When mudhunny and I started singletracks back in 1998, our mission was simple: to help mountain bikers find the best trails. Eleven years later it’s still our focus and to make sure that happens we personally ride and report on as many new trails as we can.
Last week I put together a list of 5 unfamiliar trails in middle Georgia that I found on a local MTB club’s website and decided to see what was up. The Google Map I built said the round trip would be close to 300 miles and 8 hours of driving but that’s a small price to pay for riding 5 different trail systems in a single day. At 8am on Wednesday I was off…
I hit the first trail of the day, Charlie Elliot Wildlife Center, just before 9am and found the parking area empty (no surprise). This trail has an unusual permitting system I hadn’t seen before that involves filling out a permit to take with you and depositing a carbon copy in a locked bin. The “trail” turned out to be horseshoe-pocked doubletrack that was wildly overgrown with high grass but it was well marked and probably not a bad choice for beginning riders.
Heading to the next trail, my Google Map directed me onto some crazy dirt roads and after several miles I was pretty sure I’d see the Dukes of Hazzard coming around the bend at any moment. At intersections I rarely saw signs with the name of the road I was turning onto, only signs for the road I was turning off – sort of a “guess and check” method of navigation. I finally emerged onto a paved highway and made my way to Bartram Forest in Milledgeville.
My youngest brother goes to school in Milledgeville and he actually told me a little about the trails at Bartram Forest but when I got there all I could find was miles and miles of doubletrack. Like Charlie Elliot, much of the doubletrack was overgrown and I was starting to get frustrated until I found it: singletrack! It turns out I went the wrong direction initially and totally missed the singletrack right beside the trailhead. The singletrack was tight and fast but unfortunately way too short. Then again, I suppose you take what you can get in this area.
By now it was lunch time so I ate a sandwich in the car as I drove to the next trail: The Piedmont National Wildlife Refuge. I was looking forward to this trail the most because I saw pictures online and it looked pretty good plus I had read there were 12+ miles of trail. I strolled into the visitor’s center and asked the ranger which trails were open to bikes to which he replied, “None of them.” Ok, but what about the gravel roads? Only if they are open to cars. Yuck.
I’m a professional, though, so I grabbed a map and headed out on the gravel. I didn’t see a single car on my 13 mile loop but I did see some turkey and deer along the way. At this point it was getting VERY hot (mid-90s) and halfway around the loop I was ready for it to be over. To be fair, though, I’d say the Piedmont National Wildlife Refuge is a good place to get MTB training rides in on the miles and miles of gravel roads.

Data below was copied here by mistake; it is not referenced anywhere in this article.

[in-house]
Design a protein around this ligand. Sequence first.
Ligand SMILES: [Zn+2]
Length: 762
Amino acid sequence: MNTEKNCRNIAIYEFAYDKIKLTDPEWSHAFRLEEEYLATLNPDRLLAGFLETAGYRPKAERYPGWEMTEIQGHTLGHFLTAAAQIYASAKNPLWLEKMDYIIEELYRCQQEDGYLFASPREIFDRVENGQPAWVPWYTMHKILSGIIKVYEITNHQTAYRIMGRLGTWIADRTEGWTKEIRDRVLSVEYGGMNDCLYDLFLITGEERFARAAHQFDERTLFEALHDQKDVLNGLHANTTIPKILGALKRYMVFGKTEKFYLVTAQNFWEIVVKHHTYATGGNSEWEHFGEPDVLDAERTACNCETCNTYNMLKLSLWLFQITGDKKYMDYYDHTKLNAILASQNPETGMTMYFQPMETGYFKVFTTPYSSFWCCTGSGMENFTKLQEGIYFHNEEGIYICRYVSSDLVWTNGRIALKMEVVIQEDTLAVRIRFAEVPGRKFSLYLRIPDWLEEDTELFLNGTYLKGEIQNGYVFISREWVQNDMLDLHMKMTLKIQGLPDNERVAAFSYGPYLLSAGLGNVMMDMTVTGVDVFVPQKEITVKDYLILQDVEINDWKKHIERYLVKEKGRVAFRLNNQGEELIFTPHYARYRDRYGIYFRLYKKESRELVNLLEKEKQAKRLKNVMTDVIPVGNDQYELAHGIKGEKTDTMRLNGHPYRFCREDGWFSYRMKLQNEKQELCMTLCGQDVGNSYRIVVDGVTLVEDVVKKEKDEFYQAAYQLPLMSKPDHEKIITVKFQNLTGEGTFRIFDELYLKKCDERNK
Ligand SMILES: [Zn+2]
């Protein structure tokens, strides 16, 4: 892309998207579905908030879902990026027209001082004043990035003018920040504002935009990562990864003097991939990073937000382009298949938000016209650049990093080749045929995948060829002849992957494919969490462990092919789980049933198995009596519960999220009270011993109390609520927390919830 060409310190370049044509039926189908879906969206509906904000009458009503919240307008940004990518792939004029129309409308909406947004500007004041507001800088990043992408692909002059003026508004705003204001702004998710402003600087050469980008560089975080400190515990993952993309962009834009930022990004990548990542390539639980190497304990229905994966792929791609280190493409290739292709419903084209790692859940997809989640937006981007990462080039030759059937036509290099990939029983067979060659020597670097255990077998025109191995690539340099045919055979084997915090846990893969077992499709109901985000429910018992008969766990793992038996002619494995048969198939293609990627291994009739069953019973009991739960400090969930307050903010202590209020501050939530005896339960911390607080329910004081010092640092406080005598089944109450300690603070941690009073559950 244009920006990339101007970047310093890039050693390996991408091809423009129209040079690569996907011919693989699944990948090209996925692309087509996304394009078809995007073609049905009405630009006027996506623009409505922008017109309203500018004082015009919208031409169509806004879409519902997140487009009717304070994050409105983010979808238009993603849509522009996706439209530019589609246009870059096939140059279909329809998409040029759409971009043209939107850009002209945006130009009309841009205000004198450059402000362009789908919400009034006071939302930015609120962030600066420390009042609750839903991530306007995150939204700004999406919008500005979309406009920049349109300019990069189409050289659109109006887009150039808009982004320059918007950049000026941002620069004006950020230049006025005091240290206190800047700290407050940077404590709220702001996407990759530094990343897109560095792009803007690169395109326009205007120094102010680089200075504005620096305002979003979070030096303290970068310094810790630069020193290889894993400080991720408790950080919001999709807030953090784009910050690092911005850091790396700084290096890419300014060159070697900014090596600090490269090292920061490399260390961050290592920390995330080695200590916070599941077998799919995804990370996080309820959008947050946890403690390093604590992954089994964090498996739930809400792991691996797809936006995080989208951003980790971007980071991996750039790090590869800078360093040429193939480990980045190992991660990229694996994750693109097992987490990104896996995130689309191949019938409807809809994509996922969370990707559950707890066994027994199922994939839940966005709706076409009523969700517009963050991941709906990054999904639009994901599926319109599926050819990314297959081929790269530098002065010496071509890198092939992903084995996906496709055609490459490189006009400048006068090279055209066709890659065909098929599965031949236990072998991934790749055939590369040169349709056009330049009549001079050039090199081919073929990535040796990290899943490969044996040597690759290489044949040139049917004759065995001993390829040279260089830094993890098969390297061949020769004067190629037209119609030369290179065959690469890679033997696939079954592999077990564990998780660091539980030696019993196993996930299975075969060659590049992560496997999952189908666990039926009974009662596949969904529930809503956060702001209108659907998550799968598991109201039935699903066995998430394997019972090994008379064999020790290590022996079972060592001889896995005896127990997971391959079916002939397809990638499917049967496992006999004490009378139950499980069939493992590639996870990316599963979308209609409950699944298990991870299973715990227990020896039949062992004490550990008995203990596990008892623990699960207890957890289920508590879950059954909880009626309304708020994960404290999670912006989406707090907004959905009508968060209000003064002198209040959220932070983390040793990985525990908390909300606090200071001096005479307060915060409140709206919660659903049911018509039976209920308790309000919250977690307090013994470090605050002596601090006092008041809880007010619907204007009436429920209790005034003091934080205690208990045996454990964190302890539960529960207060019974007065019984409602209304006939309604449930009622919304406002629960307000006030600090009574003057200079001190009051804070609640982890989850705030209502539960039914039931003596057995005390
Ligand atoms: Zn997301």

After the hot ride I debated skipping the next trail and heading home but after pumping the AC in the car a bit I was refreshed and ready for the Camp Thunder trails. As a Boy Scout I stayed at Camp Thunder several times and though I knew nothing about the bike trails, I remember having a blast canoeing on the Flint River nearby. Anyway, to make a long story short, upon arrival a staff member informed me that the trails had been closed to the general public for a year and a half. Nice. I’ll never trust a mountain biking website again 🙂
Trail #4 was a bust which left just trail #5 before my epic trip came to an end. I didn’t have high hopes for the Kiwanis Fairgrounds Trail in Griffin since the woman I spoke with at Camp Thunder said there was nothing there as far as she knew. The trail was sorta on my way home anyway so I soldiered on. It turns out the directions I printed were perfect and I found this short trail gem tucked between the National Guard Armory, the fairgrounds, and the city airport. The trails were twisty, tight, and fun – the perfect capstone to my adventure. My only complaint is the trails were waaay too short – probably less than a mile – but like I said, you take what you can get.
I’m addicted to exploring new MTB trails and no matter how many bad trails I ride there are always a few cool discoveries that make it all worthwhile. Get out and ride some new trails this summer, then share your reviews here on singletracks – think of it as a public service!